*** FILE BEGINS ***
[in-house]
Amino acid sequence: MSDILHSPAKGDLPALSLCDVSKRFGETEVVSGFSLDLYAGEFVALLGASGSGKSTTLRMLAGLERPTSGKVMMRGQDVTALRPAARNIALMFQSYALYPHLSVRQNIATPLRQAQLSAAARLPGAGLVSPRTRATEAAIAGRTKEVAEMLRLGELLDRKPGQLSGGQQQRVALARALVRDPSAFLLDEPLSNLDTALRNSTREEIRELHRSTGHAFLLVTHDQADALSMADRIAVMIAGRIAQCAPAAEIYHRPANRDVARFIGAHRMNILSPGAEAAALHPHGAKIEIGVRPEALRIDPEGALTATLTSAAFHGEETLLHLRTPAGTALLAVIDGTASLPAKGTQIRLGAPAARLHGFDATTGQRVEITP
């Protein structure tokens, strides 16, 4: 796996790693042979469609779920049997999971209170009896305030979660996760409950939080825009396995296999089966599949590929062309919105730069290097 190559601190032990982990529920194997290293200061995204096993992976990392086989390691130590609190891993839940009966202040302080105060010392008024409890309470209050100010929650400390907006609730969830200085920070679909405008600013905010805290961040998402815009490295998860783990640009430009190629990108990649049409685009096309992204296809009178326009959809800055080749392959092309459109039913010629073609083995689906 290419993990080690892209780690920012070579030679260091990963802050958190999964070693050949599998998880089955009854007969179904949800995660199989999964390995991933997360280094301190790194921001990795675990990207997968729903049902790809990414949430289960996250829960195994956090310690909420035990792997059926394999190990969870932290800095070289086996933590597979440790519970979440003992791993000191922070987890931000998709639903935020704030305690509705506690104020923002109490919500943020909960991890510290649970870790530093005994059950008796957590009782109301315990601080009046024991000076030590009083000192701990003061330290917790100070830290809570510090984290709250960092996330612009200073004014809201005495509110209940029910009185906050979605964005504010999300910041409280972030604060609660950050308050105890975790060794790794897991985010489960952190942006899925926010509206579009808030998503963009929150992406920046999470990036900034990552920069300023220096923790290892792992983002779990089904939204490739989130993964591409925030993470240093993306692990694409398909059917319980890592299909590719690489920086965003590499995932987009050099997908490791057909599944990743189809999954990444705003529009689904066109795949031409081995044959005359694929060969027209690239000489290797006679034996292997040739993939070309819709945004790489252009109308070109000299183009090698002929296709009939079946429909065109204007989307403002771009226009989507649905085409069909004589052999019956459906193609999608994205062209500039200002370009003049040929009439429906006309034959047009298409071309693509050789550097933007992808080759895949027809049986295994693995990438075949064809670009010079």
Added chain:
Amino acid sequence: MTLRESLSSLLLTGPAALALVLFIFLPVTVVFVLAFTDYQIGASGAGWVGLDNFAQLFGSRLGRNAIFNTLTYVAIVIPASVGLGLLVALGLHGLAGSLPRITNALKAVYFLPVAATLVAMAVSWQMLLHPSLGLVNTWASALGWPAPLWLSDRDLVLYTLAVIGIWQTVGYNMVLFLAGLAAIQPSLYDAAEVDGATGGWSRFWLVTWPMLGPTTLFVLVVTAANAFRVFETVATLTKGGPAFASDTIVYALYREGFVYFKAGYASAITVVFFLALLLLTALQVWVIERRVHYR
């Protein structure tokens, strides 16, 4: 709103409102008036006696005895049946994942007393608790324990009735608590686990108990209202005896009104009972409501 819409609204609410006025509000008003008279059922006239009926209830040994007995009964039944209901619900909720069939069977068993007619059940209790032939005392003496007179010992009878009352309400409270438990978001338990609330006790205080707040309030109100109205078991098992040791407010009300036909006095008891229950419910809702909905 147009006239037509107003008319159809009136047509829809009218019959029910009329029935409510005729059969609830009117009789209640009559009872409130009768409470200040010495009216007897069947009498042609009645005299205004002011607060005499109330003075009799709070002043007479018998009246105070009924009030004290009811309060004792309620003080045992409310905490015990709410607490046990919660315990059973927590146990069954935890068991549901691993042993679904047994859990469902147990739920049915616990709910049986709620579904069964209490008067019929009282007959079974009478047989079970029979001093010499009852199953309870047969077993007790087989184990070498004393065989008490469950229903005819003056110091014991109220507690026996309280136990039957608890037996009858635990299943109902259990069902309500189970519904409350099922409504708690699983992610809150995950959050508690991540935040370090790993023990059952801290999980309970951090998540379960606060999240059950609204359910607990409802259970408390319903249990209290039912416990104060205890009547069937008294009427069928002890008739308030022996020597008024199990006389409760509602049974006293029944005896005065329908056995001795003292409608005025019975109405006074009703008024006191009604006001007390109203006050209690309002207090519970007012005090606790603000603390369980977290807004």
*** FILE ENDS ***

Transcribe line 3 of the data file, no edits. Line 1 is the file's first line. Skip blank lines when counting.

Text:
């Protein structure tokens, strides 16, 4: 796996790693042979469609779920049997999971209170009896305030979660996760409950939080825009396995296999089966599949590929062309919105730069290097 190559601190032990982990529920194997290293200061995204096993992976990392086989390691130590609190891993839940009966202040302080105060010392008024409890309470209050100010929650400390907006609730969830200085920070679909405008600013905010805290961040998402815009490295998860783990640009430009190629990108990649049409685009096309992204296809009178326009959809800055080749392959092309459109039913010629073609083995689906 290419993990080690892209780690920012070579030679260091990963802050958190999964070693050949599998998880089955009854007969179904949800995660199989999964390995991933997360280094301190790194921001990795675990990207997968729903049902790809990414949430289960996250829960195994956090310690909420035990792997059926394999190990969870932290800095070289086996933590597979440790519970979440003992791993000191922070987890931000998709639903935020704030305690509705506690104020923002109490919500943020909960991890510290649970870790530093005994059950008796957590009782109301315990601080009046024991000076030590009083000192701990003061330290917790100070830290809570510090984290709250960092996330612009200073004014809201005495509110209940029910009185906050979605964005504010999300910041409280972030604060609660950050308050105890975790060794790794897991985010489960952190942006899925926010509206579009808030998503963009929150992406920046999470990036900034990552920069300023220096923790290892792992983002779990089904939204490739989130993964591409925030993470240093993306692990694409398909059917319980890592299909590719690489920086965003590499995932987009050099997908490791057909599944990743189809999954990444705003529009689904066109795949031409081995044959005359694929060969027209690239000489290797006679034996292997040739993939070309819709945004790489252009109308070109000299183009090698002929296709009939079946429909065109204007989307403002771009226009989507649905085409069909004589052999019956459906193609999608994205062209500039200002370009003049040929009439429906006309034959047009298409071309693509050789550097933007992808080759895949027809049986295994693995990438075949064809670009010079």